Amnesty International, ARTICLE 19, Human Rights Watch and PEN International have signed a joint letter in which they call on the Members of the Parliamentary Assembly of the Council of Europe to hold Turkey to account for its failures to respect and protect human rights.
The letter calls on the Assembly at its January 2017 session to “conduct an investigation into the serious allegations of gross violations of human rights in the south-east of Turkey” as well as to reinstate a full monitoring procedure “in light of the severity of the assault on human rights including freedom of expression, association and media freedom, resurgence of cases of torture in detention, excessive use of force in the south east of Turkey”.
The letter points out that human rights and rule of law have been “seriously eroded in Turkey” beginning with the violent suppression of the Gezi Park protests in 2013. “Further serious abuses have occurred after the end of the fragile two year solution process between the Kurdistan Workers’ Party (PKK) and the state forces in July 2015 with round the clock indefinite curfews in towns and cities in the south east affecting hundreds of thousands of people. The use of heavy weaponry in urban areas has caused hundreds of deaths and injuries and left a likely half a million people displaced. Most recently, following the violent and contemptible coup attempt on 15 July 2016, the Turkish authorities have pursued an unprecedented crackdown on a range of human rights.”
The letter highlights the restriction of access to lawyers, evidence of torture in police detention in the curfew areas in south-east Turkey as well as in Ankara and Istanbul of the post-coup period. Severe beatings, sexual assault, threats of rape and rape have been reported in official and unofficial police detentions. These detentions cover thousands of people, accused of taking part in the coup attempt or due to alleged association with the PKK or leftist groups.
Detention of at least 118 journalists and media workers, arbitrarily closing down of 149 media outlets and publishing companies, and the dismissal of nearly 90,000 civil servants including teachers, police and military officials, doctors, judges and prosecutors has been carried out on the ground of “links to a terrorist organisation or threat to national security.”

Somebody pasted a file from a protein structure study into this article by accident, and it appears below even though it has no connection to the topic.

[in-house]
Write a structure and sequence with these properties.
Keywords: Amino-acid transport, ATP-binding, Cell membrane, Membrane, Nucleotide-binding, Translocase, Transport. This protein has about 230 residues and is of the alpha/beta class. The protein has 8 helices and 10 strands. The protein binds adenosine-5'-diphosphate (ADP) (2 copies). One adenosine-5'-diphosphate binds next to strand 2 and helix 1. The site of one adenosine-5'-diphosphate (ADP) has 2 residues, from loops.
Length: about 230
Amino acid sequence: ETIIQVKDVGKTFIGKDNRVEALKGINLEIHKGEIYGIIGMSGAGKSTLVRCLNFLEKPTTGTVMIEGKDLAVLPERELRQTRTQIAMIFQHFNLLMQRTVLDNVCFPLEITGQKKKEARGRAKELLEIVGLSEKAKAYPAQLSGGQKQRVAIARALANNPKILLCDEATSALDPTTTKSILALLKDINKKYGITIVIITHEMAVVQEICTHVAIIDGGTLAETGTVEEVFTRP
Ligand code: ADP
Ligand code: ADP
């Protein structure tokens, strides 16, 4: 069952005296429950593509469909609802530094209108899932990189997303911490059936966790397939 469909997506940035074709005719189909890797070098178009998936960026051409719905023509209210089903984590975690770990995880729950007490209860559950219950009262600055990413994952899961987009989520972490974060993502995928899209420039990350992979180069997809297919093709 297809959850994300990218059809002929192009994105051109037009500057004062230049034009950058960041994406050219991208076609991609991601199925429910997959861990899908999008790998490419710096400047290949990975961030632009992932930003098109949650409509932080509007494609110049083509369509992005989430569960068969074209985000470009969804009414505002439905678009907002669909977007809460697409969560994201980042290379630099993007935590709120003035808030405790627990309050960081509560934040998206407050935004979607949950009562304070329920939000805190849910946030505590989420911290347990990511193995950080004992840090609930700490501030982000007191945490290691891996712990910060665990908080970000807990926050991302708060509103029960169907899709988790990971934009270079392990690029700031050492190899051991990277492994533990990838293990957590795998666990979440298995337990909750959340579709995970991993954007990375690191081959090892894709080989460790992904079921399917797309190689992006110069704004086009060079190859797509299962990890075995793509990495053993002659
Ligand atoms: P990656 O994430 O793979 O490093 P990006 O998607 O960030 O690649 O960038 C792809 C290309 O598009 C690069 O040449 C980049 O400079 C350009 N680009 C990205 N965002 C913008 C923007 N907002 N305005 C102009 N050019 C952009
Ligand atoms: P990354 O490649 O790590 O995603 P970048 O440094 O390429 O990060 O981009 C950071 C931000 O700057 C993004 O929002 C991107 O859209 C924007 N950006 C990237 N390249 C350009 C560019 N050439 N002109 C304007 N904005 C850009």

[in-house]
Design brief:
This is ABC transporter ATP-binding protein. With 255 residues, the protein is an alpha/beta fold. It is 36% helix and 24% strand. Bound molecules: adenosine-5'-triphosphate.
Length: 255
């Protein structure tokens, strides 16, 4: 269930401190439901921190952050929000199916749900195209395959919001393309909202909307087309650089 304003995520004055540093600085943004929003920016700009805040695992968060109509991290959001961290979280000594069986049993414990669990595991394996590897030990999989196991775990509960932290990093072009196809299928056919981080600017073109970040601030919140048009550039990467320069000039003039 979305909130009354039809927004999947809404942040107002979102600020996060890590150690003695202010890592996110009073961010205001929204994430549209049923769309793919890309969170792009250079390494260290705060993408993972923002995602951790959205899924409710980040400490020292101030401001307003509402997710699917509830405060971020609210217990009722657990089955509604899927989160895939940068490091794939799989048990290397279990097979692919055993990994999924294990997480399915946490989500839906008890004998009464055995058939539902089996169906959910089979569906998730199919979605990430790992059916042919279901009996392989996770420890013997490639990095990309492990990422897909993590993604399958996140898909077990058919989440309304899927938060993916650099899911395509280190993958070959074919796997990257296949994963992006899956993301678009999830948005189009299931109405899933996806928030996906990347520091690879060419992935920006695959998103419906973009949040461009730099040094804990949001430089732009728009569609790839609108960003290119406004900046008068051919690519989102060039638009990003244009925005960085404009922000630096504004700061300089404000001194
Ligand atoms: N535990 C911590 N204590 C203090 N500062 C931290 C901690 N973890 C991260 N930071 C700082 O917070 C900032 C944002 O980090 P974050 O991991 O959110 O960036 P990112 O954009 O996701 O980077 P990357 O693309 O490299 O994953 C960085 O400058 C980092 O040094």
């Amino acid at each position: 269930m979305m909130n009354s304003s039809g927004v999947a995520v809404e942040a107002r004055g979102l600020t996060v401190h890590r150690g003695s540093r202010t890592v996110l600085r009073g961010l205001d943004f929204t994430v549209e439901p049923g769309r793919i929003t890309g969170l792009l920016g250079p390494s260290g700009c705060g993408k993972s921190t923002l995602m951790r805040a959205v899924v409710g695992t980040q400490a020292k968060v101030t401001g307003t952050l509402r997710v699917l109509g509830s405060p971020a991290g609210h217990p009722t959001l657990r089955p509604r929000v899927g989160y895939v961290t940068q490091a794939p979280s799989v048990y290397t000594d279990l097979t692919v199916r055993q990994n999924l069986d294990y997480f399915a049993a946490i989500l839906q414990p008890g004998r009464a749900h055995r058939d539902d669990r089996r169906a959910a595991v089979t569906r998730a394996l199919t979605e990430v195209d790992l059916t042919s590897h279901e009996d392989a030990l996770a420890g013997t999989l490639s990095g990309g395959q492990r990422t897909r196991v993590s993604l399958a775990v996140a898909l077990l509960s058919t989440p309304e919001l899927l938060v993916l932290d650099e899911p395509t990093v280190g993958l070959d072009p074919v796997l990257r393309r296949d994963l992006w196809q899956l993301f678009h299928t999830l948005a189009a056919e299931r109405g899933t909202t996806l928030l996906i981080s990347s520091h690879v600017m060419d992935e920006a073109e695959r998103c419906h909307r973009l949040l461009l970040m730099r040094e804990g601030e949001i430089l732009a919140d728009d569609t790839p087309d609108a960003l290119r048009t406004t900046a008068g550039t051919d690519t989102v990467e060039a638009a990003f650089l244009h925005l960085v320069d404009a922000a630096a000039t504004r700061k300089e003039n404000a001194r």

The letter further highlights internet censorship, the assault on “dissenting opinions, especially those related to the Kurdish issue” and the closing down of 375 NGOs, including women’s rights groups, humanitarian organisations, and lawyers associations (including three lawyers’ associations that worked on police violence and torture).
The detention of the two leaders of the opposition Peoples’ Democratic Party (HDP) and other members of parliament as well as the jailing and replacement of democratically elected mayors in the southeast with government-appointed trustees has, according to reports, deprived “millions of voters of their elected representatives in parliament and in local government and undermining the right to association”. No investigations of allegations of widespread human rights violations in the south-east of Turkey have been carried out and the culture of impunity for abuses committed by the security forces has remained untouched.
The letter also highlights the situation of the estimated 3 million refugees and asylum-seekers in Turkey. “Syrian refugee children have no access to education and most adult Syrian refugees have no access to lawful employment. There were mass forced returns of Syrians by the Turkish security forces in the first months of 2016, as well as instances of unlawful push-backs to Syria and, throughout 2016, cases of fatal and non-fatal shootings of people in need of protection by Turkish border guards.”